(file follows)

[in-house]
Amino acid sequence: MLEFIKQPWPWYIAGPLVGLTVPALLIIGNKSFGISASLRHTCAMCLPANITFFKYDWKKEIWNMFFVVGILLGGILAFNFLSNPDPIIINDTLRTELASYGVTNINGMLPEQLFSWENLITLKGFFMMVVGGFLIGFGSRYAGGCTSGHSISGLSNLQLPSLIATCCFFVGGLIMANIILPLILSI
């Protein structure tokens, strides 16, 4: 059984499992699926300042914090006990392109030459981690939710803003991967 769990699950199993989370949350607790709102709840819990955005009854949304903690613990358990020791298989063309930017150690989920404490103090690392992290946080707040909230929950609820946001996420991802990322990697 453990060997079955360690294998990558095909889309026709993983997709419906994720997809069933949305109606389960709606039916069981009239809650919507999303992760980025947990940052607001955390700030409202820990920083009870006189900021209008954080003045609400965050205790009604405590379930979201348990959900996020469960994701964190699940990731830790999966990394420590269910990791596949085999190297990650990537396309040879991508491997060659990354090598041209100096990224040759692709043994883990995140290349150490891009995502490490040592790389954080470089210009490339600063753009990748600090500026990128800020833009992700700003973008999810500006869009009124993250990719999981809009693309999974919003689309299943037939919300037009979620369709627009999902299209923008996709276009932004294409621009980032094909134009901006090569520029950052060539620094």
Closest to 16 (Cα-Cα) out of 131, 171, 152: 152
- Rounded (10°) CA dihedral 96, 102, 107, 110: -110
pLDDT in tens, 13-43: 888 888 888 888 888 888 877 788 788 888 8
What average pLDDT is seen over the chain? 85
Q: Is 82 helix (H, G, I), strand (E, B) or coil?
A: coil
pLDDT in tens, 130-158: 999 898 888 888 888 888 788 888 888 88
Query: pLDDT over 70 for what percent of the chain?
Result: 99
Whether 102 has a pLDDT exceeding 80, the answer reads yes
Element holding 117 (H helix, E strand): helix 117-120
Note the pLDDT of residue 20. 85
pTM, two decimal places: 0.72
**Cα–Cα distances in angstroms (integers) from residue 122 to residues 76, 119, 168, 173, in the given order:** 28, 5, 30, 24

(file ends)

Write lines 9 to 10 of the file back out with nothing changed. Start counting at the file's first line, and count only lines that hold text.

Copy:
A: coil
pLDDT in tens, 130-158: 999 898 888 888 888 888 788 888 888 88